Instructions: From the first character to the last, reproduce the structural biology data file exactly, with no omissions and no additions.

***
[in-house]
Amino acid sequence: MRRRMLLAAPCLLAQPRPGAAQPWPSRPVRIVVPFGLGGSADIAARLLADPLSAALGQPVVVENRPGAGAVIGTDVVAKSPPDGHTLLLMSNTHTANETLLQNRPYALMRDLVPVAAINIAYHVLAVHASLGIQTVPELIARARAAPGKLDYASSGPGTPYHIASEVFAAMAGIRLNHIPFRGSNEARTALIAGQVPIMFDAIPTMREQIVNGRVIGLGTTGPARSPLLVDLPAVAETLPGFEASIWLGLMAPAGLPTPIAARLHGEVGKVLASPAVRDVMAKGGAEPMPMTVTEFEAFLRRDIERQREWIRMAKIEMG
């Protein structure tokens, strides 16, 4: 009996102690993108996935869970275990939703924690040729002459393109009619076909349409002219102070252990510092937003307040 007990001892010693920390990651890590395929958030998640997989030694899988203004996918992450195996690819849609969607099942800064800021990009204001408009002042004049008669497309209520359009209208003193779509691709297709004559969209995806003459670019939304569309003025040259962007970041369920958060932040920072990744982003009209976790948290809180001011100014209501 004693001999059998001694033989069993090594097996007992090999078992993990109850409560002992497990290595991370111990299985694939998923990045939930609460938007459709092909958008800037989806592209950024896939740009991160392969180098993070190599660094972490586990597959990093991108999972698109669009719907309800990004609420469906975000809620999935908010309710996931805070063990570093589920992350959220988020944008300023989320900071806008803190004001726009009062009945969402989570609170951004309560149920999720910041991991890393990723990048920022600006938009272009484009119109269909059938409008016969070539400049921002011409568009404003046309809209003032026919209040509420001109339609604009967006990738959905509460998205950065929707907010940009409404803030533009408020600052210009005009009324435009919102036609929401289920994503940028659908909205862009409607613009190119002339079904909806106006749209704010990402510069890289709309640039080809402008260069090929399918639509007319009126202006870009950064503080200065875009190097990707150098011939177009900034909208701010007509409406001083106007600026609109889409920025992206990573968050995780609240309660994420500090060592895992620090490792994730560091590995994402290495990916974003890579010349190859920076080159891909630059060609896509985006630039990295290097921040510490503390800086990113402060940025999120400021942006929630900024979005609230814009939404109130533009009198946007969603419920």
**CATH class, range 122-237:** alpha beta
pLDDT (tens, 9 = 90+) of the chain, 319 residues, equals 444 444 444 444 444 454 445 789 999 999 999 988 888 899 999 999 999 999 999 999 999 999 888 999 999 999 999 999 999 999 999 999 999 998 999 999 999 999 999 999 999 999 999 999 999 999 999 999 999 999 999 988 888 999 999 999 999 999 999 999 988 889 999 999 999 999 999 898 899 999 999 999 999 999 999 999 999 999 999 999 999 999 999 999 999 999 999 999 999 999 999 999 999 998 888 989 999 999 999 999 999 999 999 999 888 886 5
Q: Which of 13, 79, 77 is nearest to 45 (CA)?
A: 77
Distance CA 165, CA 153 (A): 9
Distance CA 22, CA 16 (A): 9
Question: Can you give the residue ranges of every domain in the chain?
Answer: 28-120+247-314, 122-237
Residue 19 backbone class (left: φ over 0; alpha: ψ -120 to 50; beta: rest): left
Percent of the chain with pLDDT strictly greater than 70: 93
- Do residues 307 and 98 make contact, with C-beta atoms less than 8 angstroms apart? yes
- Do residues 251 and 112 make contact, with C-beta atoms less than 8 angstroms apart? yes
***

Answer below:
[in-house]
Amino acid sequence: MRRRMLLAAPCLLAQPRPGAAQPWPSRPVRIVVPFGLGGSADIAARLLADPLSAALGQPVVVENRPGAGAVIGTDVVAKSPPDGHTLLLMSNTHTANETLLQNRPYALMRDLVPVAAINIAYHVLAVHASLGIQTVPELIARARAAPGKLDYASSGPGTPYHIASEVFAAMAGIRLNHIPFRGSNEARTALIAGQVPIMFDAIPTMREQIVNGRVIGLGTTGPARSPLLVDLPAVAETLPGFEASIWLGLMAPAGLPTPIAARLHGEVGKVLASPAVRDVMAKGGAEPMPMTVTEFEAFLRRDIERQREWIRMAKIEMG
């Protein structure tokens, strides 16, 4: 009996102690993108996935869970275990939703924690040729002459393109009619076909349409002219102070252990510092937003307040 007990001892010693920390990651890590395929958030998640997989030694899988203004996918992450195996690819849609969607099942800064800021990009204001408009002042004049008669497309209520359009209208003193779509691709297709004559969209995806003459670019939304569309003025040259962007970041369920958060932040920072990744982003009209976790948290809180001011100014209501 004693001999059998001694033989069993090594097996007992090999078992993990109850409560002992497990290595991370111990299985694939998923990045939930609460938007459709092909958008800037989806592209950024896939740009991160392969180098993070190599660094972490586990597959990093991108999972698109669009719907309800990004609420469906975000809620999935908010309710996931805070063990570093589920992350959220988020944008300023989320900071806008803190004001726009009062009945969402989570609170951004309560149920999720910041991991890393990723990048920022600006938009272009484009119109269909059938409008016969070539400049921002011409568009404003046309809209003032026919209040509420001109339609604009967006990738959905509460998205950065929707907010940009409404803030533009408020600052210009005009009324435009919102036609929401289920994503940028659908909205862009409607613009190119002339079904909806106006749209704010990402510069890289709309640039080809402008260069090929399918639509007319009126202006870009950064503080200065875009190097990707150098011939177009900034909208701010007509409406001083106007600026609109889409920025992206990573968050995780609240309660994420500090060592895992620090490792994730560091590995994402290495990916974003890579010349190859920076080159891909630059060609896509985006630039990295290097921040510490503390800086990113402060940025999120400021942006929630900024979005609230814009939404109130533009009198946007969603419920």
**CATH class, range 122-237:** alpha beta
pLDDT (tens, 9 = 90+) of the chain, 319 residues, equals 444 444 444 444 444 454 445 789 999 999 999 988 888 899 999 999 999 999 999 999 999 999 888 999 999 999 999 999 999 999 999 999 999 998 999 999 999 999 999 999 999 999 999 999 999 999 999 999 999 999 999 988 888 999 999 999 999 999 999 999 988 889 999 999 999 999 999 898 899 999 999 999 999 999 999 999 999 999 999 999 999 999 999 999 999 999 999 999 999 999 999 999 999 998 888 989 999 999 999 999 999 999 999 999 888 886 5
Q: Which of 13, 79, 77 is nearest to 45 (CA)?
A: 77
Distance CA 165, CA 153 (A): 9
Distance CA 22, CA 16 (A): 9
Question: Can you give the residue ranges of every domain in the chain?
Answer: 28-120+247-314, 122-237
Residue 19 backbone class (left: φ over 0; alpha: ψ -120 to 50; beta: rest): left
Percent of the chain with pLDDT strictly greater than 70: 93
- Do residues 307 and 98 make contact, with C-beta atoms less than 8 angstroms apart? yes
- Do residues 251 and 112 make contact, with C-beta atoms less than 8 angstroms apart? yes